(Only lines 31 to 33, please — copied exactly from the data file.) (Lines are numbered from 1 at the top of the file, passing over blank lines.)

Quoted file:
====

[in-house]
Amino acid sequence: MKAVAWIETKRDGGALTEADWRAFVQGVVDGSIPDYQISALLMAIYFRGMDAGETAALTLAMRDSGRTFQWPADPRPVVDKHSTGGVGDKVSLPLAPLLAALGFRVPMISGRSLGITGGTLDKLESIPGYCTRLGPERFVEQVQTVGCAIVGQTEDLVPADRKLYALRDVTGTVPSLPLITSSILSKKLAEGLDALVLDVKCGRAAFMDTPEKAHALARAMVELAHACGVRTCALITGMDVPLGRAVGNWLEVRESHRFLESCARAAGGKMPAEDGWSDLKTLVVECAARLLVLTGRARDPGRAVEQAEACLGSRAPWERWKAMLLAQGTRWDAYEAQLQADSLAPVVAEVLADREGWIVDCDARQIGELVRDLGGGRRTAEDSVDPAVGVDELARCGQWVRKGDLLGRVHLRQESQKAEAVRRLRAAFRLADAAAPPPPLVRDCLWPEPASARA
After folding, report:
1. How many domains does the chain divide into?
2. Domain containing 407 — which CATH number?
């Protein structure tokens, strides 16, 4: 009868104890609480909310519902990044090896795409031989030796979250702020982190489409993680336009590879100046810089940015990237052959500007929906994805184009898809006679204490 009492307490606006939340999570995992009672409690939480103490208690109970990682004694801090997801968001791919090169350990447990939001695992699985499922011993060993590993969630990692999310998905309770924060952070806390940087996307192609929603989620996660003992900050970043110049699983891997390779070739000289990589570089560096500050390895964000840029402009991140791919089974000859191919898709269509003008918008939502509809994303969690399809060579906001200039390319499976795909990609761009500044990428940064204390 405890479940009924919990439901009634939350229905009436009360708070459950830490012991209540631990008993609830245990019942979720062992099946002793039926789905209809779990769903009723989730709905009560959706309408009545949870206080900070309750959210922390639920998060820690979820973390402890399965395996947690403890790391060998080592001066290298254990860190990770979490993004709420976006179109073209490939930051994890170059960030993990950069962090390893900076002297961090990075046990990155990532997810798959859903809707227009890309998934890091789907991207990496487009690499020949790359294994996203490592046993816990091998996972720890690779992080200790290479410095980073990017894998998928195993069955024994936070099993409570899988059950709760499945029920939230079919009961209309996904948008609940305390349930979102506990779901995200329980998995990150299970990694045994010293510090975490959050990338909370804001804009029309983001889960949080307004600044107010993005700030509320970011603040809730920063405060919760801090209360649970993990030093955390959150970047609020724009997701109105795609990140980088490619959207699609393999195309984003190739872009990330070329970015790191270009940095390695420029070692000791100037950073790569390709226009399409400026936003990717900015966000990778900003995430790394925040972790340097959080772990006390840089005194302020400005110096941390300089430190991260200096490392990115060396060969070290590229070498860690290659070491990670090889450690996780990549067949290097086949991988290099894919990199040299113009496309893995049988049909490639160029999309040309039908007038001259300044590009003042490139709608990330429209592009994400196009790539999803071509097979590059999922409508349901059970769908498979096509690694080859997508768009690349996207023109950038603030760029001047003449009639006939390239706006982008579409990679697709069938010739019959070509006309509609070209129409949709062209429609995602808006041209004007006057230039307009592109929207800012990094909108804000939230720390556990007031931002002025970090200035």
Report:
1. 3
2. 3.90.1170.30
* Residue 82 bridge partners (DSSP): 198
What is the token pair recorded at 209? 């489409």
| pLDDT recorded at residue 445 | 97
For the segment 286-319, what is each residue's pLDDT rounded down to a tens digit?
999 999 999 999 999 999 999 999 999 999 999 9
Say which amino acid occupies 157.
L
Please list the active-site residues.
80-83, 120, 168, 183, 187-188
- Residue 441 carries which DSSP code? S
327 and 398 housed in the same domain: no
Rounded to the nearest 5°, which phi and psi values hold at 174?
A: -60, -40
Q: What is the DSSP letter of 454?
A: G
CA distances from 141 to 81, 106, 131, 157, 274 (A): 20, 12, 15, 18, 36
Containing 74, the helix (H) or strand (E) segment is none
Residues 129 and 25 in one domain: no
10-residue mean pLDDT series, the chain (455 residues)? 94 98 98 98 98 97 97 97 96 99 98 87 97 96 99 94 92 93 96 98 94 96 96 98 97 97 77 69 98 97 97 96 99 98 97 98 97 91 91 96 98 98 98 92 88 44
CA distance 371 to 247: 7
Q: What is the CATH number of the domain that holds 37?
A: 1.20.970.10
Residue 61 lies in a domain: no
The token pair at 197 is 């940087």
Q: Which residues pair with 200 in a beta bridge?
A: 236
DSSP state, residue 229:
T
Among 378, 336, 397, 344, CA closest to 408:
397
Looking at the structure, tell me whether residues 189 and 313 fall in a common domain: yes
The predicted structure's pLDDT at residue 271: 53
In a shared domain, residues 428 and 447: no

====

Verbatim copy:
A: 1.20.970.10
Residue 61 lies in a domain: no
The token pair at 197 is 């940087």